Depression self help is about eating and drinking correctly. It seems
obvious to state it, but our tissue, bones, vital organs and brain are
all made up of what we eat and drink. As the business computer saying
goes, “rubbish in, rubbish out”. You need to find out what you SHOULD be
eating. Find about your body type and the sorts of food you SHOULD be
eating. The Chinese and Indians have been benefiting from such studies
for centuries. Are you aware of them?
A test : which are the best foods for your depression amongst these
items, regardless of your body type: – parsley, almonds, fillet steak,
cheese or mushrooms? Answer, best is parsley, then almonds, then
mushrooms, cheese and fillet steak. Did you know that? If you eat the wrong
combination of foods for your depression, will you know it? Will you be
aware of the harmful effects? Has your psychiatrist ever advised you about
this? It is very likely not. It would be wise to find out.
Why not find out and make that important life change that could make
all the difference to how you feel. Investigate the options available for
taking food supplements and vitamins. Certain food supplements and
vitamins could be critical for your recovery and avoidance of relapse.
The relation between depression and diet is highly complex and beyond
the scope of these pages, however, stated in very simple terms:
1. Serotonin (and other substances) is a chemical which facilitates
brain impulses necessary for our normal functioning.
2. When we are under stress or depressed, our brain requires and
consumes more serotonin. Depressed people have a deficiency of serotonin and
hence need to produce more.
3. Since serotonin is partially created by eating complex
carbohydrates, our body begins to crave foods rich in these carbohydrates.
4. People who consume a disproportionate volume of fat and protein
expose themselves to higher risk of depression, since these foods can
actually decrease the levels of serotonin.
5. When we consume sugar-rich foods or soft drinks we achieve short
term satisfaction but in the long term we are breaking down the nutrients
in our system which help us fight stressors
If you eat correctly you will have more energy, you will lose weight
and have far higher resistance to stress. Eating complex carbohydrates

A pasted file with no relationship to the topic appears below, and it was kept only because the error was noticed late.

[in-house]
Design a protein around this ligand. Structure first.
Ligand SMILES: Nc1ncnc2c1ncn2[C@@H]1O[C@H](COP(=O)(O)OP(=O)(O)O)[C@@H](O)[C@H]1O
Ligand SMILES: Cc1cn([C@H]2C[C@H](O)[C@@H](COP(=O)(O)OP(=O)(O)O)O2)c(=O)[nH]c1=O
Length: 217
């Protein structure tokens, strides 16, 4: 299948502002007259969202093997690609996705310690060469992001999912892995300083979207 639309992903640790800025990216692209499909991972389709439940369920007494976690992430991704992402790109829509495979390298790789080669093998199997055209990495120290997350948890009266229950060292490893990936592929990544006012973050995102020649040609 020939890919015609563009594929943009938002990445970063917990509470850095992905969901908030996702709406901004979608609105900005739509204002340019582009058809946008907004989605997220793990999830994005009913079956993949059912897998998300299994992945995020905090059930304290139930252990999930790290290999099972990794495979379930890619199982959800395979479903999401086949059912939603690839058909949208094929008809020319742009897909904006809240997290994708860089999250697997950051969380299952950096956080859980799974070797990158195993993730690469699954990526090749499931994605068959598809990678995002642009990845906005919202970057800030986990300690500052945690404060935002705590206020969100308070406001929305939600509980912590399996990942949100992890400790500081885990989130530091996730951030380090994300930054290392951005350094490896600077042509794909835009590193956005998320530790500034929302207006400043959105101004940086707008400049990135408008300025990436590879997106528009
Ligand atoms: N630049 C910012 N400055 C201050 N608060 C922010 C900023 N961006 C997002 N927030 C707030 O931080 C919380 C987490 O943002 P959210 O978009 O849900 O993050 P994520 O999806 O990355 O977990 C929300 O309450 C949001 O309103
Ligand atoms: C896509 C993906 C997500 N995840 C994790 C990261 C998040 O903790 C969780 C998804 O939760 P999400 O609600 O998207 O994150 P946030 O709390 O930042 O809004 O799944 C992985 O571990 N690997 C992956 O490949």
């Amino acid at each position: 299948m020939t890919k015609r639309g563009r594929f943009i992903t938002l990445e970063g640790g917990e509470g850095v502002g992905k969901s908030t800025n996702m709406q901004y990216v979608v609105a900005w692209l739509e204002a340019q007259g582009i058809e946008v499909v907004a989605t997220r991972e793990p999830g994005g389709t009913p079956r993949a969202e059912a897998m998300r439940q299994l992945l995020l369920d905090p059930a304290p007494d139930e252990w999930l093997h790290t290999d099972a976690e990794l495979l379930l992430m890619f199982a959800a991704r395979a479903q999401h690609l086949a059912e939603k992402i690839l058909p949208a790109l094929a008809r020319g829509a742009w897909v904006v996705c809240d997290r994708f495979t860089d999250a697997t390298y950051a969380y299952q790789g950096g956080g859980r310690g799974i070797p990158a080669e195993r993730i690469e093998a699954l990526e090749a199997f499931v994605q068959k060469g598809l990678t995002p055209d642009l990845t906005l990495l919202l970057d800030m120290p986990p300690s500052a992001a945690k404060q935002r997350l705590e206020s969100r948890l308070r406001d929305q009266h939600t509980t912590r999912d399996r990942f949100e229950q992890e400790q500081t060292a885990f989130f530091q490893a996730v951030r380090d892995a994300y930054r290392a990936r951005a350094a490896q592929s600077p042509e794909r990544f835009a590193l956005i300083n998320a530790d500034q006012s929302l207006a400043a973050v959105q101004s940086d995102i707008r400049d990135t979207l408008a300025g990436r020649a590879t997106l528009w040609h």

stimulates the pancreas to produce insulin. This permits the amino acid
tripofan to synthesize serotonin, which is the key element required for
combating depression. Amongst those foods with high tripofan content
are turkey, natural yoghurt, almonds and sunflower seeds.
Contrary to what most people might expect, a protein-rich diet does not
favor a depression sufferer. Protein breaks down serotonin. Simple
carbohydrates such as pizza, macaroni and cheese will give us a quick fix
in stressful moments but are harmful in the long run. Complex or
unrefined carbohydrates are desirable as they provide longer reserves of
energy, containing high levels of fiber, minerals and other nutrients.
Helpful foods include pumpkin, carrots, mixed grain cereals, breads and rice
and tomatoes, amongst many others.
As critical as “what” we eat is “how” and “when” we eat. We need to eat
hearty breakfasts and if possible take healthy snacks all day, as if
stoking a coal burner every 2 hours. Snacks may include fruit, natural
yoghurts, almonds, celery sticks. Under no circumstances should you
succumb to the vending machine, with crisps, soft drinks etc.
We need to chew our food well, at least 25 times per mouthful. We were
given teeth not to improve our smile but as tools in the first and
critical stage of digestion, which takes place in the mouth. Our final meal
of the day should be light and no later than 7pm. If we are depressed,
our mission is to eat consistently in order to generate serotonin
evenly throughout the day. If we eat a bacon sandwich for breakfast at
7.30am, skip lunch, eat a double slice of salami pizza at 5pm and have a
large dinner with dessert at 10pm before going to bed at 10.30, we are
making ourselves direct candidates for obesity, heart disease, cancer,
recurring depression and other mental illnesses.
In addition to greatly improving what, when and how we eat, there is
growing evidence that natural substances help to relieve the symptoms of
depression, anxiety, bipolar disorder and mania. The most highly
regarded is St John’s Wort.
There is also a growing body of evidence demonstrating that foods rich
in Omega-3 fatty acids can have as useful an effect on anxiety,
depression and bipolar disorder than antidepressant medicines themselves.
Omega-3 is available in many common foodstuffs
Here we can also mention lithium or lithium carbonate. Lithium is used
in the treatment of bipolar depression (manic depression). Although
lithium in most countries is a controlled drug, lithium carbonate is the
substance actually extracted from the ground so in the strict sense it
is a natural compound. It successfully helps to control the peaks and
troughs of manic depression and is therapeutic in approximately 50% of